Monday, September 20, 2010

The Four Seasons

One of my favorite movies of all time is The Four Seasons with Alan Alda and Carol Burnett,  The concertos by Vivaldi were mesmerizing as they wove through the story of these couples lives, and whenever I hear them I think of not only the movie but of all the seasons of the year.

My favorite season is spring with fall running a close second.  I am sure you can guess which are my least favorites, summer and winter, funny because as a child summer and winter were my favorites.  Oh, but that must have been before I became a gardener!

Could this be the last rose of summer, I hope not!  This double Knockout has put forth one beautiful rose after not blooming much all summer.

I am really liking the look of this Chocolate Chip Ajuga that I put between the cracks of the new bluestone walk under my arbor in the back garden.  Right now, it seems like a very controlled ajuga and you can walk on it without any damage.

I wish I had paid a little more attention to Boltonia Pink Beauty by caging it in last spring rather than letting it flop until the summer.  It is really stunning under the dogwood but not as pretty as it could have been.

One lone white campanula amongst the allysum

This was a $1.97 mum from Home Depot last year that I wintered over in the veggie garden and then transplanted into the border.  It is now about two feet tall and two feet wide.  I did pinch it back all summer, but I just don't have room in my summer garden for mums.  I might have to do them in pots for the summer.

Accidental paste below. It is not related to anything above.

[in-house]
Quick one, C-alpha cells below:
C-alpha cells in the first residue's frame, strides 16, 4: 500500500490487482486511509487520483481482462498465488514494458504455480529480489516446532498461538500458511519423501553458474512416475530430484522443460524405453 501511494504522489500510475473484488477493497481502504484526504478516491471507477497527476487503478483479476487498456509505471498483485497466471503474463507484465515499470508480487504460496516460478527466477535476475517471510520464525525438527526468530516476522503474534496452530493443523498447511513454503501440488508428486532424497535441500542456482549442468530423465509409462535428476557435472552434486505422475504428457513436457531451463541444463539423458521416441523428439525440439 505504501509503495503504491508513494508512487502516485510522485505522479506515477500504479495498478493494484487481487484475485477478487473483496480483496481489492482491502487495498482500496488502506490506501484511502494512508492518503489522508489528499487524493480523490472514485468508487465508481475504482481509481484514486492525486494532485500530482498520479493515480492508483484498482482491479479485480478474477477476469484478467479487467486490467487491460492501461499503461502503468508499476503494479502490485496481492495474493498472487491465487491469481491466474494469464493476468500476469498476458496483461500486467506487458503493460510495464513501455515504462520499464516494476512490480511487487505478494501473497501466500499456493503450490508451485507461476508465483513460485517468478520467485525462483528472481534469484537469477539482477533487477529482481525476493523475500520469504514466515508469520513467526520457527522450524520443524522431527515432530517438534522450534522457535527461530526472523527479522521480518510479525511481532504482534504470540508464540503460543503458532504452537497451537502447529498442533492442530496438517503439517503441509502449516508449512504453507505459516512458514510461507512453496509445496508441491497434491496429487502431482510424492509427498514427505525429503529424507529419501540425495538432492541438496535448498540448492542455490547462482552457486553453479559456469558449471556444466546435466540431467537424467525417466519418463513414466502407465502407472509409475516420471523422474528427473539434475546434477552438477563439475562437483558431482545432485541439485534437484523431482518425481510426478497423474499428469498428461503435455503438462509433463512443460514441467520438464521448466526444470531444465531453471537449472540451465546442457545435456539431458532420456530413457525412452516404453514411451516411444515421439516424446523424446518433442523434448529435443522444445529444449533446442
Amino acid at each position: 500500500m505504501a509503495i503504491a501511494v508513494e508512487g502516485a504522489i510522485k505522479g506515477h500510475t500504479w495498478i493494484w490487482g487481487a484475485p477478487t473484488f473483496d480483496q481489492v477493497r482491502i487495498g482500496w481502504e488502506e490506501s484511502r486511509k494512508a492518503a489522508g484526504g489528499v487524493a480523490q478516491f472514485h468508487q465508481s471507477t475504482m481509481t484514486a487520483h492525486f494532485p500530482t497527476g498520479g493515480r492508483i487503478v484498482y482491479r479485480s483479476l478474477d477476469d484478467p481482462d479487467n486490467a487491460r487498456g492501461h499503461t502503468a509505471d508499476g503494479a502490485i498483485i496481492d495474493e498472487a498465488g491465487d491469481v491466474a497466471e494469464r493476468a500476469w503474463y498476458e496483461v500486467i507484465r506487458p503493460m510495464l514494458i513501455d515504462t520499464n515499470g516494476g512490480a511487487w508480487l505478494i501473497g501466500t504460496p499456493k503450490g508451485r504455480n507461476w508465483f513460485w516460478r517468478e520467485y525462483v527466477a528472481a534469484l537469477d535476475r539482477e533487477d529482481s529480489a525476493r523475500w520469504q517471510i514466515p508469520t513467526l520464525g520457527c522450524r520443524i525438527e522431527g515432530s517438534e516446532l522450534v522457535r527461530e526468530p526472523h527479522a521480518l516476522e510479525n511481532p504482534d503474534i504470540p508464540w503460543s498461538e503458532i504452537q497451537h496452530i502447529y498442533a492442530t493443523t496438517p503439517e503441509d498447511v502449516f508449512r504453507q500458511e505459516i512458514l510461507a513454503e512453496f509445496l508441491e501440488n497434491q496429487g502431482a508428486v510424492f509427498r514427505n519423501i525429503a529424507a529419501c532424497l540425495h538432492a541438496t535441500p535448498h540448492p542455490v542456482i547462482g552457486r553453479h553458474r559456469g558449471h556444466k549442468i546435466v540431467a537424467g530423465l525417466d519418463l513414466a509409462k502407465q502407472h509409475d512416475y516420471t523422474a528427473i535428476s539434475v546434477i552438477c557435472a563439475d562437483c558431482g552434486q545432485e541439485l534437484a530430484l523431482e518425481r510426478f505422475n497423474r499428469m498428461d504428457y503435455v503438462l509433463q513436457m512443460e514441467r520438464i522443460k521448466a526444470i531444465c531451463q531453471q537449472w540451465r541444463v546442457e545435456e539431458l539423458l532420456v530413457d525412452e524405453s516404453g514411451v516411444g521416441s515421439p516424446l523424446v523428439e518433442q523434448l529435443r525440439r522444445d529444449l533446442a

This is Festive Ursula in the blue resin pots back by the arbor.  I am sure it is an early mum, but I just liked the color.  This one I might winter over in the veggie garden.

Helga is one of my favorite mums beginning to bloom by the garden shed.  Even though it is classified as an early mum, it lasts a long time and is not susceptible to insects or slugs as are some of the white mums.

I began cutting my Limelight today for drying, strip off as many leaves as you can because they do not dry well.

When they are stripped of leaves, you can put them in a tall bucket or vase to dry - no water, usually takes no more than a few days.

The Unique Hydrangea is handled in the same manner, leaves stripped and put in a vase or bucket to dry.  They are more pendulous than Limelight

Unique Hydrangea with Limelight Hydrangea